Ulster Defence Regiment

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The Ulster Defence Regiment (UDR) was a former regiment of the British Army in existence from 1969 to 1992.

According to the study Lost Lives, 206 members of the UDR and Royal Irish Regiment were killed during the Troubles between 1966 and 2003. Forty-two ex-members also lost their lives.[1] Lost Lives lists the UDR as being responsible for 8 deaths.[2] However, off-duty members of the Regiment were also involved in a number of loyalist killings.

Contents

Formation

The UDR was formed as a result of the 1969 Hunt Report, which recommended the disbandment of the Ulster Special Constabulary. It became operational on 1 April 1970.[3]

Subversion in the UDR

In a secret report prepared in August 1973, 'Subversion in the UDR' British military intelligence acknowledged that the UDR had been infiltrated by loyalist paramilitaries.[4]

The report stated:

It seems likely that a significant proportion (perhaps five per cent - in some areas as high as 15 per cent) of UDR soldiers will also be members of the UDA, Vanguard service corps, Orange Volunteers or UVF. Subversion will not occur in every case but there will be a passing on of information and training methods in many cases and a few subversives may conspire to 'leak' arms and ammunition to Protestant extremist groups. The presence within the UDR of members of extremist groups does, however, contain within it the danger that at some future stage, if HMG's actions were perceived to be unfavourable to 'loyalist' interests, those men could act as a source of information, training and weapons for their fellows and might even work within the UDR to make it unreliable.[5]

The report also commented on arms and ammunition losses from the UDR:

Since the beginning of the current campaign the best single source of weapons (and the only significant source of modern weapons) for Protestant extremist groups has been the UDR.[6]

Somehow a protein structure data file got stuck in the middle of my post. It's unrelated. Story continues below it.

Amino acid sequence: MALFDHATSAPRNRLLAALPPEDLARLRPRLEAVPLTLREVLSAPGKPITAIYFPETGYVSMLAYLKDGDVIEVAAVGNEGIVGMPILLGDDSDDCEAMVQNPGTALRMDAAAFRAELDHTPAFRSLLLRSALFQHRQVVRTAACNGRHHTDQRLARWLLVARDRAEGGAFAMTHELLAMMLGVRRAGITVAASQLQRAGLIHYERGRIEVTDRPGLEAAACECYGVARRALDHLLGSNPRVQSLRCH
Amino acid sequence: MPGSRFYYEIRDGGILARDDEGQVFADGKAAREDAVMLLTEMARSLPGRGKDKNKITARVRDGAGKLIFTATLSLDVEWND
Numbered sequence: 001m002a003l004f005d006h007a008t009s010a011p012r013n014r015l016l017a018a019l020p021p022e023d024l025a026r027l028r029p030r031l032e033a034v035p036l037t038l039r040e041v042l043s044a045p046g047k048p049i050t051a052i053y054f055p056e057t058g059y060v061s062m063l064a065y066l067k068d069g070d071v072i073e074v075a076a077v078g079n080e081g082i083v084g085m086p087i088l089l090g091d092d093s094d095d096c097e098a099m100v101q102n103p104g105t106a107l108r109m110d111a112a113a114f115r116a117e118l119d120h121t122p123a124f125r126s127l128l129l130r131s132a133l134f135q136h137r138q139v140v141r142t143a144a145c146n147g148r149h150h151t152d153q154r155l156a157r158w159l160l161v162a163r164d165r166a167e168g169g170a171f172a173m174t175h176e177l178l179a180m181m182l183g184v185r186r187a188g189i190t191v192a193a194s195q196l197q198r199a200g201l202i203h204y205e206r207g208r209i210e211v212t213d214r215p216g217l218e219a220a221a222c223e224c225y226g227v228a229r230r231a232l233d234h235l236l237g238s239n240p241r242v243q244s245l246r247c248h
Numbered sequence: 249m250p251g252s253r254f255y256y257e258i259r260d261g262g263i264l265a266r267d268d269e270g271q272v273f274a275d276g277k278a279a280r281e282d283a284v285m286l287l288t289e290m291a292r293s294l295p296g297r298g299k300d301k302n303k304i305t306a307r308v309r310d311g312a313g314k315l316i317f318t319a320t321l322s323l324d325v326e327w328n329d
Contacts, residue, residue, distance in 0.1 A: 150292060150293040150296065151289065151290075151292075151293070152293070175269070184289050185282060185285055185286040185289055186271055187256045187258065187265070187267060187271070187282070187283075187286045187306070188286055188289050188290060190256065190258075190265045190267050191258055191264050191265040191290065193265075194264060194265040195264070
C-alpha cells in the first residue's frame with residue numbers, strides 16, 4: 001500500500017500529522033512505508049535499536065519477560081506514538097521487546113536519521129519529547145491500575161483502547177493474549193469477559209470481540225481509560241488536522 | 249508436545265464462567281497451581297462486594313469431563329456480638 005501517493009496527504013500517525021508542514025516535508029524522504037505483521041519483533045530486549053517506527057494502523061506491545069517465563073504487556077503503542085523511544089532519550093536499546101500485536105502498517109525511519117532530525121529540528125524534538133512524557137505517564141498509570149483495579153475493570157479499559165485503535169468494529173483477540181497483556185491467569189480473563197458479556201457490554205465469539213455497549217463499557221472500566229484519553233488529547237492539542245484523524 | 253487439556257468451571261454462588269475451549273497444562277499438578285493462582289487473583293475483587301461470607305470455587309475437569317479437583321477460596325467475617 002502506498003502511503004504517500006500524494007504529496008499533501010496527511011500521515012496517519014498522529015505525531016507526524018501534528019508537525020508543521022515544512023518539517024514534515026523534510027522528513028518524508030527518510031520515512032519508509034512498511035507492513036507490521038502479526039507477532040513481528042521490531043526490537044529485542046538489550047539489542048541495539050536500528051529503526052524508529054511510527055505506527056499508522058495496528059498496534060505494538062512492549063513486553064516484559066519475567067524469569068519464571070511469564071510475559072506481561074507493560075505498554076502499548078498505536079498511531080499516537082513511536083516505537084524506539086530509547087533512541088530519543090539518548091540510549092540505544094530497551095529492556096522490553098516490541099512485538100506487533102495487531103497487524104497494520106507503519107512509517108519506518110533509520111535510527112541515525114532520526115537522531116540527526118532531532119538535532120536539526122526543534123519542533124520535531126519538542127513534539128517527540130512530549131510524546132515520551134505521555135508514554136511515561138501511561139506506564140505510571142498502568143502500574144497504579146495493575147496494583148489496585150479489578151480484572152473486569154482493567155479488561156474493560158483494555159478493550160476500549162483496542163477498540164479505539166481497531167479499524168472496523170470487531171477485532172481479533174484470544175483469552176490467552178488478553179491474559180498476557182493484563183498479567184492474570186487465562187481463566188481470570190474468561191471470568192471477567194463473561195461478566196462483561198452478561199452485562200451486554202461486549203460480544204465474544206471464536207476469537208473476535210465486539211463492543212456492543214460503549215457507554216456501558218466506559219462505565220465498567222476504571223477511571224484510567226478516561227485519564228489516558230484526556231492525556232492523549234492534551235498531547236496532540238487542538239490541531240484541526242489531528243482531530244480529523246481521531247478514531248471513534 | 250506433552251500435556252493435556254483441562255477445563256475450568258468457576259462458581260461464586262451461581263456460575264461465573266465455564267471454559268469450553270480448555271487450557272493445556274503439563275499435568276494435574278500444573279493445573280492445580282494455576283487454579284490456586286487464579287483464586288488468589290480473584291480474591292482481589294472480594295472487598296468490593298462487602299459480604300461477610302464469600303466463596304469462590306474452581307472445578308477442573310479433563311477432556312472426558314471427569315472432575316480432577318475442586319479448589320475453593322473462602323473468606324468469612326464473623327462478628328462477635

The report concluded:

But by the nature of its being, and the circumstances in which it operates, the regiment is wide open to subversion and potential subversion. Any effort to remove men who in foreseeable political circumstances might well operate against the interests of the UDR could well result in a very small regiment indeed.[7]

Amalgamation

The UDR merged with the Royal Irish Rangers on 1 July 1992 to form the Royal Irish Regiment.[8]

External Resources

Notes

  1. David McKittrick, Seamus Kelters, Brian Feeney, Chris Thornton, and David McVea,Lost Lives: The story of the men, women and children who died as a result of the Northern Ireland troubles, Mainstream Publishing, 2004, p.1530.
  2. David McKittrick, Seamus Kelters, Brian Feeney, Chris Thornton, and David McVea,Lost Lives: The story of the men, women and children who died as a result of the Northern Ireland troubles, Mainstream Publishing, 2004, p.1530.
  3. The Ulster Defence Regiment, Army.mod.uk, accessed 23 August 2010.
  4. Subversion in the UDR (Ulster Defence Regiment), by British Military Intelligence (1973), CAIN Web Service, accessed 23 August 2010.
  5. Subversion in the UDR (Ulster Defence Regiment), by British Military Intelligence (1973), CAIN Web Service, accessed 23 August 2010.
  6. Subversion in the UDR (Ulster Defence Regiment), by British Military Intelligence (1973), CAIN Web Service, accessed 23 August 2010.
  7. Subversion in the UDR (Ulster Defence Regiment), by British Military Intelligence (1973), CAIN Web Service, accessed 23 August 2010.
  8. Our Honourable and Glorious Regimental History, Royal Irish Regiment, army.mod.uk, accessed 23 August 2010.
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